The Mythological Cycle
The Irish Mythological Cycle are those stories which pretain to the settling of Ireland and the adventures of its gods, the Tuatha Dé Danann, the People of Danu. Their story begins in the Book of Invasions, a long pseudohistorical text which details five successive conquerings of the island until the coming of the de Dannan, and their subsequent overthrow by the Milesians. It also tells of how the Tuatha Dé Danann, lead by the god of light, Lugh Lamhfada, defeat the forces of darkness--the Fomorians--and bring agriculture and art to the island.
Subsequent stories tell of the Tuatha Dé Danann days of glory living above ground--such as "The Second Battle of magh Turedh" which gives longer details into events described in The Book of Invasions, or the revenge story of "The Children of Tureen"--the three of which form the basis of the first "half" of the mythological cycle, the settlement and loss of Ireland.
The second "half"--though I don't believe anyone has designated it as such--details what happens to the de Dannans once the Milesians--the modern Celts--have invaded and driven them to live underground in the hollow hills. First is the tragic story of "The Children of Lir" which tells of how the chosing of a new king for the de Dannan leads to Lir's children being turned into swans for 900 years.
There is then the three stories of "The Dream of Oengus" "The Wooing of Etain" and "The Destruction of Da Derga's Hostel"--each building on the other into a story of lost love, betrayal, and the breaking of geasa. It is essentially how the de Dannan get revenge on the tretchery of the Milesians, who have stolen their island and inadvertanly steal one of their wives--Étaín. This sets off a chain of events culminating in the death of King Conaire Mor, and sets a prelude to the Ulster Cycle.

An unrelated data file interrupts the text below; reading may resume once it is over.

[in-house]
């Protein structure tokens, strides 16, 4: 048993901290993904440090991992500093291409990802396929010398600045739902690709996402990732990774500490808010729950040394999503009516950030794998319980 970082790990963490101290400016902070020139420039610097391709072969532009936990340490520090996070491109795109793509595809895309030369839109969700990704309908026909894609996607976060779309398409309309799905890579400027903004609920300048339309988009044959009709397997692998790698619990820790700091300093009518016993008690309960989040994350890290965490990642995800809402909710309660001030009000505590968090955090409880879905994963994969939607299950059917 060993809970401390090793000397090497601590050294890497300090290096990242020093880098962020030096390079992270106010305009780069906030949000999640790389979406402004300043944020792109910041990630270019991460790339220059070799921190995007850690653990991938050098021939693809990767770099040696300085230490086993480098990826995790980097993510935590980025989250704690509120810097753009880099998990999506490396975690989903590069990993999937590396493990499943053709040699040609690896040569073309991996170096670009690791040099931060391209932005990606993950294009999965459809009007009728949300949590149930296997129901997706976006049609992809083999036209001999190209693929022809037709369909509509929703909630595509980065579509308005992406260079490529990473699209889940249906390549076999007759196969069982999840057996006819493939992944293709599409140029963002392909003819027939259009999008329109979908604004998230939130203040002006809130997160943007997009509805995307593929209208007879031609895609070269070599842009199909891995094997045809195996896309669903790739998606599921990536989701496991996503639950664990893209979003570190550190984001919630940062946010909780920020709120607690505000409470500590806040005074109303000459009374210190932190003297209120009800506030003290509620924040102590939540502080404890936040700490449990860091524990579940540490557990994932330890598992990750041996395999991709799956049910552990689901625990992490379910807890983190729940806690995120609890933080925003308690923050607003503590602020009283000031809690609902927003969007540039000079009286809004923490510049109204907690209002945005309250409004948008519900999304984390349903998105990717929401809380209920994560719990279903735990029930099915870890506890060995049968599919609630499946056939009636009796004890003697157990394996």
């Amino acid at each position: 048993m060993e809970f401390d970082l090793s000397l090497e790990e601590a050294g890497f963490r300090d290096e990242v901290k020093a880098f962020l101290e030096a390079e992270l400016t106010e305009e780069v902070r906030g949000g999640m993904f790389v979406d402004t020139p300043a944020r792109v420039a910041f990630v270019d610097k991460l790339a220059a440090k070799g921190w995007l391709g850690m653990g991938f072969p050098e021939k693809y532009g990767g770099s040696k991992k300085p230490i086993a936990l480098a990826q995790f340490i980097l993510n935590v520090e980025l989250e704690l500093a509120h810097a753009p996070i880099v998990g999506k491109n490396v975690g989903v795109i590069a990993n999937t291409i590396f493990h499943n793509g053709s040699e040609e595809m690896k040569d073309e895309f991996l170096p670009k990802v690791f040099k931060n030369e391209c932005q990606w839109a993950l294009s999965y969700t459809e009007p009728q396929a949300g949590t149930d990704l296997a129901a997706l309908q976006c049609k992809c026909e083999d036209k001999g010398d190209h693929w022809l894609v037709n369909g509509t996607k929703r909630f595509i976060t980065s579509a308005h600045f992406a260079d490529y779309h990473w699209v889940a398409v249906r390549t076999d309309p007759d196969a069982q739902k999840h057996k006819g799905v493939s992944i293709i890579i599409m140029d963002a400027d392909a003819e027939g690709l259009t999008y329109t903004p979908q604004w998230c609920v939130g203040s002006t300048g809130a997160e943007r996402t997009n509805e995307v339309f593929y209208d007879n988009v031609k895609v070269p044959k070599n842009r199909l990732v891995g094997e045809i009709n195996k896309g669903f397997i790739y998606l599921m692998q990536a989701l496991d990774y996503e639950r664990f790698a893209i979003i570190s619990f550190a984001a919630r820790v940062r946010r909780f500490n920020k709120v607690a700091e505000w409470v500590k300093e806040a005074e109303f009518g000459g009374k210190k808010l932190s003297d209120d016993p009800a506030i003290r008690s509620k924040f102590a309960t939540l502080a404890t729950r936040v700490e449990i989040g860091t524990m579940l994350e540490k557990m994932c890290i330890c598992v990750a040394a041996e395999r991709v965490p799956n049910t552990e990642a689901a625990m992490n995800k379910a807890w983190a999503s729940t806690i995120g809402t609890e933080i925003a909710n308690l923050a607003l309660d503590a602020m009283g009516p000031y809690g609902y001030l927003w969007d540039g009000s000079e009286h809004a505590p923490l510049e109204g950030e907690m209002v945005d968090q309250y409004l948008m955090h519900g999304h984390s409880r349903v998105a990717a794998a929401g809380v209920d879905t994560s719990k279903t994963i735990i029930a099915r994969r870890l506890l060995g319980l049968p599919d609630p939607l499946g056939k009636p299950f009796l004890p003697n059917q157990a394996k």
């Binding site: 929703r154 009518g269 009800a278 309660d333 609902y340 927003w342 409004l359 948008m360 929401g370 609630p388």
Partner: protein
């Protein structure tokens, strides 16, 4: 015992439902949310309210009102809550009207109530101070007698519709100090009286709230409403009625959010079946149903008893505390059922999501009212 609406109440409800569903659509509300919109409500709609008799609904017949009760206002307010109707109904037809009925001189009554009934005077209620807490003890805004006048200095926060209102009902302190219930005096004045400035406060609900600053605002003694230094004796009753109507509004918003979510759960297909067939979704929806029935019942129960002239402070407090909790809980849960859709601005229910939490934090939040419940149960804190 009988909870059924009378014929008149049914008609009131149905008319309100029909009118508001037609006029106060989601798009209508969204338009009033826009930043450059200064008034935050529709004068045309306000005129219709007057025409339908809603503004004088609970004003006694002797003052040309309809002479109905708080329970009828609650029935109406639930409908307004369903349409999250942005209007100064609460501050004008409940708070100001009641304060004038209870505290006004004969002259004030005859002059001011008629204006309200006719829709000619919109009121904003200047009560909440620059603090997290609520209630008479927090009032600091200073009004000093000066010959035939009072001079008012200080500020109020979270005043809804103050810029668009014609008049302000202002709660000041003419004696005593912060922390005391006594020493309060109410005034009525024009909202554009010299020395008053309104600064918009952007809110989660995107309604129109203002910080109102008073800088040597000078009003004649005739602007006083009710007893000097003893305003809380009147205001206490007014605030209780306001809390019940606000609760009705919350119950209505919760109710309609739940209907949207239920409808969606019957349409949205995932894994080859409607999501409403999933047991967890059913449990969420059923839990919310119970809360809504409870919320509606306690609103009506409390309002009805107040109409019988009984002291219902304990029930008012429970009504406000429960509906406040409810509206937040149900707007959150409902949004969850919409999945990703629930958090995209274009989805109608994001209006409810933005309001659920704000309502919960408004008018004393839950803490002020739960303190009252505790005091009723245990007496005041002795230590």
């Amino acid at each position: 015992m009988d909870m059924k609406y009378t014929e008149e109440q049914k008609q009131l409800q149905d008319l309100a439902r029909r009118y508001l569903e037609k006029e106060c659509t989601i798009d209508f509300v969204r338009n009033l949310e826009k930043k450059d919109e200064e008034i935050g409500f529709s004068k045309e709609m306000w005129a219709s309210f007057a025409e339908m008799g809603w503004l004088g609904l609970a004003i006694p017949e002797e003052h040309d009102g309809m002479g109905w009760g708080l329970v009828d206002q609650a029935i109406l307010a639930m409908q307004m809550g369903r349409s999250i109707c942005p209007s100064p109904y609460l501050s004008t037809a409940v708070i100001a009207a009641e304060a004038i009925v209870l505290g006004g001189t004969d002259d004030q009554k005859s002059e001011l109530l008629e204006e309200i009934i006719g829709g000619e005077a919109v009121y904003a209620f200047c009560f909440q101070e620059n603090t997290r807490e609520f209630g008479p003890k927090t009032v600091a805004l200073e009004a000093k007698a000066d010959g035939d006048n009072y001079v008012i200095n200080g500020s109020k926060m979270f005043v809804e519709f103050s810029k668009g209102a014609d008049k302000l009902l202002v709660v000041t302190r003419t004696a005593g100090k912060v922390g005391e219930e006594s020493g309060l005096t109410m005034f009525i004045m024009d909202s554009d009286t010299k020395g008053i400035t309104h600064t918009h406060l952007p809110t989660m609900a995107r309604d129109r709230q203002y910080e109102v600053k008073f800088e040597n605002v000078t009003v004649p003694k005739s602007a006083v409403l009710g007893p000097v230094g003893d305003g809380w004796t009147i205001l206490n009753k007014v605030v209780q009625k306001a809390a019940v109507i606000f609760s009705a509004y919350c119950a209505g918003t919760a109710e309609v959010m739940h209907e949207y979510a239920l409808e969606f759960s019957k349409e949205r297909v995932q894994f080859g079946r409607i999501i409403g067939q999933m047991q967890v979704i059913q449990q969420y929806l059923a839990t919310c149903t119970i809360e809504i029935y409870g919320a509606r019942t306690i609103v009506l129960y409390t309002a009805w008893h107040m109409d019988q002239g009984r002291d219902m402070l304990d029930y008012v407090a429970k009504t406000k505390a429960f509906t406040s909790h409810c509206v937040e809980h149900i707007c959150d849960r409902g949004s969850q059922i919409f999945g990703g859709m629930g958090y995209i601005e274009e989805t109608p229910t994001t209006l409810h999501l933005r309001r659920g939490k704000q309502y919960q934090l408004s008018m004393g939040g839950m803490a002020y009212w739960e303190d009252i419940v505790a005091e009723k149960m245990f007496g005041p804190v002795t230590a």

The final story in the cycle deals with Manannán mac Lír, the mysterious sea god and keeper of the de Dannan magical tools. "The crane bag of Manannán mac Lír" is less a story than a short couple of paragraphs describing his magic crane bag.
The stories are found in most of the Irish manuscripts, particularly in The Book of Leinster, the Book of Fermoy, the Book of Ballymote, and The Book of the Dun Cow. Except for "The Fate of the Children of Lir" which exists in a much later (17th century) manuscript. The Mythological cycle, however, was the last to take on shape, and as such betrays a much more "Dark Ages" atmostphere than Bronze age Ireland, the way that the Ulster Cycle does, or an almost Neolithic atmosphere, like the Fionn Cycle. It is ironic that the setting of each cycle is inverse with its age, excepting the Cycle of the Kings and the Saints.
Most of the stories are either online in some form, or can be found in either Ancient Irish Tales translated by Cross & Slover, or The Encyclopedia of Celtic Wisdom edited by Caitlin and John Matthews.
Celtic Mythology & Medieval Celtic Manuscripts
Early Irish Literature Guide:
Mythological Cycle | Ulster Cycle | Fionn Cycle | Cycle of the Kings
Saints' Lives | Independent Narratives | Dindsenchas | Banshenchas